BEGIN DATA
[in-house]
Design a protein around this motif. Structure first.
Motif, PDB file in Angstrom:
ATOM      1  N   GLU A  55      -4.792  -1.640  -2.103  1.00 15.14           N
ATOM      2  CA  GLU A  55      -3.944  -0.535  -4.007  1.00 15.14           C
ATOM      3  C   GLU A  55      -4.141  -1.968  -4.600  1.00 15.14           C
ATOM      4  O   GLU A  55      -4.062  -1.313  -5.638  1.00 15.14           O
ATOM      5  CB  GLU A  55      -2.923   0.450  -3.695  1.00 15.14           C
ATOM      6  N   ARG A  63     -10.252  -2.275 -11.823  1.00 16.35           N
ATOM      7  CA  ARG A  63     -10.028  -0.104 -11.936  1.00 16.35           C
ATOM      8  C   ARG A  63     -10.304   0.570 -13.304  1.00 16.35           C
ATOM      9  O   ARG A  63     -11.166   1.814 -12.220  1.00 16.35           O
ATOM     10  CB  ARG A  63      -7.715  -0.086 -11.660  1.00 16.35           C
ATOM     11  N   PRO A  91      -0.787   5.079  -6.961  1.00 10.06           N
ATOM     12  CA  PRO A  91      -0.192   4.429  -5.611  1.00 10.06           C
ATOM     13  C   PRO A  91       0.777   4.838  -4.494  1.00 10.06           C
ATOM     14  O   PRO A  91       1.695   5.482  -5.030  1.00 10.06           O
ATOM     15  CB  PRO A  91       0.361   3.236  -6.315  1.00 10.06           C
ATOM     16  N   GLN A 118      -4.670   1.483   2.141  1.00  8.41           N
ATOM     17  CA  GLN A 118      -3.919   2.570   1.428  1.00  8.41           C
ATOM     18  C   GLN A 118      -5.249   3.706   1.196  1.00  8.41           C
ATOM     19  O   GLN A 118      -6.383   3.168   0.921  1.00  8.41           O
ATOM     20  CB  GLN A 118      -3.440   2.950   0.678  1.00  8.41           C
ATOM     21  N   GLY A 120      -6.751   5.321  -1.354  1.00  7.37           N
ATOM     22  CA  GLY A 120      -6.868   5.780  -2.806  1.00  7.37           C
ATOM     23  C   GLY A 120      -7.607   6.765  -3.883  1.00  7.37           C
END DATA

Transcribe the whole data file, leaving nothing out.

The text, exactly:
[in-house]
Design a protein around this motif. Structure first.
Motif, PDB file in Angstrom:
ATOM      1  N   GLU A  55      -4.792  -1.640  -2.103  1.00 15.14           N
ATOM      2  CA  GLU A  55      -3.944  -0.535  -4.007  1.00 15.14           C
ATOM      3  C   GLU A  55      -4.141  -1.968  -4.600  1.00 15.14           C
ATOM      4  O   GLU A  55      -4.062  -1.313  -5.638  1.00 15.14           O
ATOM      5  CB  GLU A  55      -2.923   0.450  -3.695  1.00 15.14           C
ATOM      6  N   ARG A  63     -10.252  -2.275 -11.823  1.00 16.35           N
ATOM      7  CA  ARG A  63     -10.028  -0.104 -11.936  1.00 16.35           C
ATOM      8  C   ARG A  63     -10.304   0.570 -13.304  1.00 16.35           C
ATOM      9  O   ARG A  63     -11.166   1.814 -12.220  1.00 16.35           O
ATOM     10  CB  ARG A  63      -7.715  -0.086 -11.660  1.00 16.35           C
ATOM     11  N   PRO A  91      -0.787   5.079  -6.961  1.00 10.06           N
ATOM     12  CA  PRO A  91      -0.192   4.429  -5.611  1.00 10.06           C
ATOM     13  C   PRO A  91       0.777   4.838  -4.494  1.00 10.06           C
ATOM     14  O   PRO A  91       1.695   5.482  -5.030  1.00 10.06           O
ATOM     15  CB  PRO A  91       0.361   3.236  -6.315  1.00 10.06           C
ATOM     16  N   GLN A 118      -4.670   1.483   2.141  1.00  8.41           N
ATOM     17  CA  GLN A 118      -3.919   2.570   1.428  1.00  8.41           C
ATOM     18  C   GLN A 118      -5.249   3.706   1.196  1.00  8.41           C
ATOM     19  O   GLN A 118      -6.383   3.168   0.921  1.00  8.41           O
ATOM     20  CB  GLN A 118      -3.440   2.950   0.678  1.00  8.41           C
ATOM     21  N   GLY A 120      -6.751   5.321  -1.354  1.00  7.37           N
ATOM     22  CA  GLY A 120      -6.868   5.780  -2.806  1.00  7.37           C
ATOM     23  C   GLY A 120      -7.607   6.765  -3.883  1.00  7.37           C